Who Owns Whom

The Textile Industry in South Africa 2018

Duncan Bekker | South Africa | 09 May 2018

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R 1 900.00(ZAR) estimated $ 119.89 (USD)*

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Report Coverage

The Manufacture of Textiles examines the South African textile industry with an emphasis on the manufacture of home and lifestyle textiles and other finished textile products. Market structure and demand, current conditions and factors influencing the sector’s success are covered in this detailed report. The report profiles 18 industry players, including Gelvenor Textiles which was acquired by South African private equity firm Jacobs Capital for an estimated R285m during 2016. The acquisition brought a further merger as MB Workwear, acquired the previous year, became a division of Gelvenor Consolidated Fabrics.

Manufacture of Textiles

Sales of manufactured textiles were worth around R25bn in 2017, with finished textile products accounting for some R14bn. Although seeing a marginal improvement in the textile trade balance, the South African sector continues to be reliant on the export market while imports, particularly from China, remain a matter of concern. In general the industry is characterised by a relatively high number of small and micro-enterprises as well as informal operations. There were only 20 large firms employing more than 150 people in operation at the end of 2017. As a result, the market is relatively concentrated with the top five companies in the textiles sub-sector accounting for around 40% of income. The sector is relatively labour-intensive and more than 31,000 people, including a high number of women, are employed.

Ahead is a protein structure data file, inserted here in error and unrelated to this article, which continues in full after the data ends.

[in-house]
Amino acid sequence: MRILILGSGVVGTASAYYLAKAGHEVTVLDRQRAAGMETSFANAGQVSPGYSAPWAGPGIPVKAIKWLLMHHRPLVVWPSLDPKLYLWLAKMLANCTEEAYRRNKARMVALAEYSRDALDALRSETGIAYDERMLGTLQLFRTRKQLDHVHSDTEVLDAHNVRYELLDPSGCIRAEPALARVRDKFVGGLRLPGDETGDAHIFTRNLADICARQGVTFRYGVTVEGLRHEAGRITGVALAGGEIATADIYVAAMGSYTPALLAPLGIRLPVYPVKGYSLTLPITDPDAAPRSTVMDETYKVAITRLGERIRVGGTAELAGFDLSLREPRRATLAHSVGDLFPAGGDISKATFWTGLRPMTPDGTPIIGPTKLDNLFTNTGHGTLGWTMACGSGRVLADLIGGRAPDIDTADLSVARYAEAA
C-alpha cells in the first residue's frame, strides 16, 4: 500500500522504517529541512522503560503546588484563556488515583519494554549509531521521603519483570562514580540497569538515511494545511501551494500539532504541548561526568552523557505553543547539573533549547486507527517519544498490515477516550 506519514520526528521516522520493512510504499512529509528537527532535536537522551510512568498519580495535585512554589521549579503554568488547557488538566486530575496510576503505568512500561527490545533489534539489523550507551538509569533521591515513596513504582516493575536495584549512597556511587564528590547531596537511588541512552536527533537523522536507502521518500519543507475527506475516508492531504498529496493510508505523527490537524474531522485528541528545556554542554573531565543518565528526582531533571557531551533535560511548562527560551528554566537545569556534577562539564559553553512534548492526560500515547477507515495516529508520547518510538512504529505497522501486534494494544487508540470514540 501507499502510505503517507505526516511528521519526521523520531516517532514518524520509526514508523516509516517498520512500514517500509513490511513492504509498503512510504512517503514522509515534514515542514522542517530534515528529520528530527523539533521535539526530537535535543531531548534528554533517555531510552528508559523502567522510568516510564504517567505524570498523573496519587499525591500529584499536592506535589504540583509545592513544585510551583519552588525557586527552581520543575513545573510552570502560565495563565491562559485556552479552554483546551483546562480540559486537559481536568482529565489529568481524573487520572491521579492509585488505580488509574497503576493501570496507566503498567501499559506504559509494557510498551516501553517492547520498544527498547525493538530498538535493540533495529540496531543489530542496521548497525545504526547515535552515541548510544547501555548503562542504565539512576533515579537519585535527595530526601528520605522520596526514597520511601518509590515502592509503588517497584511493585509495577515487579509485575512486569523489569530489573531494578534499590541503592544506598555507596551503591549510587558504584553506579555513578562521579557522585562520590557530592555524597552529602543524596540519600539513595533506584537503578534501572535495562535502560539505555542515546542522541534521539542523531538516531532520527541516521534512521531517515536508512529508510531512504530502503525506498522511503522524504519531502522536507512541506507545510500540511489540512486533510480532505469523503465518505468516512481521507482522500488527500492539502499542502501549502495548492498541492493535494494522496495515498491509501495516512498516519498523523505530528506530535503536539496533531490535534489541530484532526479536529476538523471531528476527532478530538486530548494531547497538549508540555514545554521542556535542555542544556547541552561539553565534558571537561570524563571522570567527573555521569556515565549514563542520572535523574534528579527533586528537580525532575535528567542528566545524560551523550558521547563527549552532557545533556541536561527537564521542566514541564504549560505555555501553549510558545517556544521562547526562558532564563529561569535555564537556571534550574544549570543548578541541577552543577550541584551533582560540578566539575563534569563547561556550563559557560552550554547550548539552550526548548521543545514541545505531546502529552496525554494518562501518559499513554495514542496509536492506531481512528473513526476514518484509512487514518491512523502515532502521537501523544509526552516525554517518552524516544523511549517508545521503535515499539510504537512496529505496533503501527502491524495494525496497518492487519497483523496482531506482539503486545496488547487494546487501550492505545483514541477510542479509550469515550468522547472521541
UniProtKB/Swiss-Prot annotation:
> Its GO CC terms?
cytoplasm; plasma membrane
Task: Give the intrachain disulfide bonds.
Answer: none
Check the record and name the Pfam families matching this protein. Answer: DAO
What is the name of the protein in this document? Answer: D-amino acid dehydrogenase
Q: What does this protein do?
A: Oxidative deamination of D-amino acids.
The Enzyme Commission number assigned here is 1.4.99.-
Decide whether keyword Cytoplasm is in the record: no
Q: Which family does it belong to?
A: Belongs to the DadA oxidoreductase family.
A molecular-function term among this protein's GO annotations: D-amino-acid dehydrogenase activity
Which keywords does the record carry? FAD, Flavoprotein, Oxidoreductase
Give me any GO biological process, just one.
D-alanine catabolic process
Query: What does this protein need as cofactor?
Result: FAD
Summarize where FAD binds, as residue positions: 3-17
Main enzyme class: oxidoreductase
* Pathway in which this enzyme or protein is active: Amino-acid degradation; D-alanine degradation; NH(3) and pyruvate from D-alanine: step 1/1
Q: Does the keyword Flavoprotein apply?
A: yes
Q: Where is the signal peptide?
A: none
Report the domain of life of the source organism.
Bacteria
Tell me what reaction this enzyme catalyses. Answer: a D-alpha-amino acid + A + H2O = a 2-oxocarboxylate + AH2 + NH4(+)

Improving Industry Competitiveness

A great deal of government activity and support focuses on improving industry competitiveness while other interventions focus on buoying local demand and creating efficiencies throughout the value chain from supplier to retailer. These include the Clothing and Textiles Competitiveness Programme (CTCP) and the establishment of a number of regional and product specific clusters. Major clusters include the Cape Clothing and Textile Cluster (CCTC), the KwaZulu-Natal Clothing and Textile Cluster (KZNCTC), and the Southern African Sustainable Textile and Apparel Cluster (SASTAC) with links to Cotton South Africa (Cotton SA).

Table of Contents

PAGE
1. INTRODUCTION 1
2. DESCRIPTION OF THE INDUSTRY 1
2.1. Industry Value Chain 3
2.2. Geographic Position 4
3. SIZE OF THE INDUSTRY 5
4. STATE OF THE INDUSTRY 12
4.1. Local 12
4.1.1. Corporate Actions 23
4.1.2. Regulations 23
4.1.3. Enterprise Development and Social Economic Development 25
4.2. Continental 25
4.3. International 28
5. INFLUENCING FACTORS 30
5.1. Demand Drivers 30
5.2. Economic Environment 30
5.3. Relationship between Retailers and Suppliers 32
5.4. Quick Response Model 33
5.5. Availability of Raw Materials 34
5.6. Rising Operating Costs 37
5.7. Government Support 38
5.8. Labour 39
5.9. Cyclicality 41
5.10. Sustainability and Environmental Concerns 42
5.11. Technology, Research and Development (R&D) and Innovation 42
6. COMPETITION 44
6.1. Barriers to Entry 46
7. SWOT ANALYSIS 46
8. OUTLOOK 47
9. INDUSTRY ASSOCIATIONS 48
10. REFERENCES 48
10.1. Publications 48
10.2. Websites 49
COMPANY PROFILES 51
ARANDA TEXTILE MILLS (PTY) LTD 51
ASSOCIATED SPINNERS (PTY) LTD 54
COLIBRI TOWELLING WESTERN CAPE (PTY) LTD 55
GELVENOR CONSOLIDATED FABRICS (PTY) LTD 57
GOOD HOPE TEXTILE CORPORATION (PTY) LTD (THE) 59
HOUSE OF HEMP (PTY) LTD 61
IVILI LOBOYA (PTY) LTD 63
KAP HOMEWARE (PTY) LTD 64
NINIAN AND LESTER (PTY) LTD 66
PRILLA 2000 (PTY) LTD 68
ROTEX FABRICS (PTY) LTD 70
SAMIL NATURAL FIBRES (PTY) LTD 72
SOUTH AFRICAN POLYPROPYLENE YARNS (PTY) LTD 74
STANDERTON MILLS (PTY) LTD 76
STUCKEN AND COMPANY (PTY) LTD 78
SVENMILL (PTY) LTD 80
YARNTEX (PTY) LTD 83
ZORBATEX (PTY) LTD 85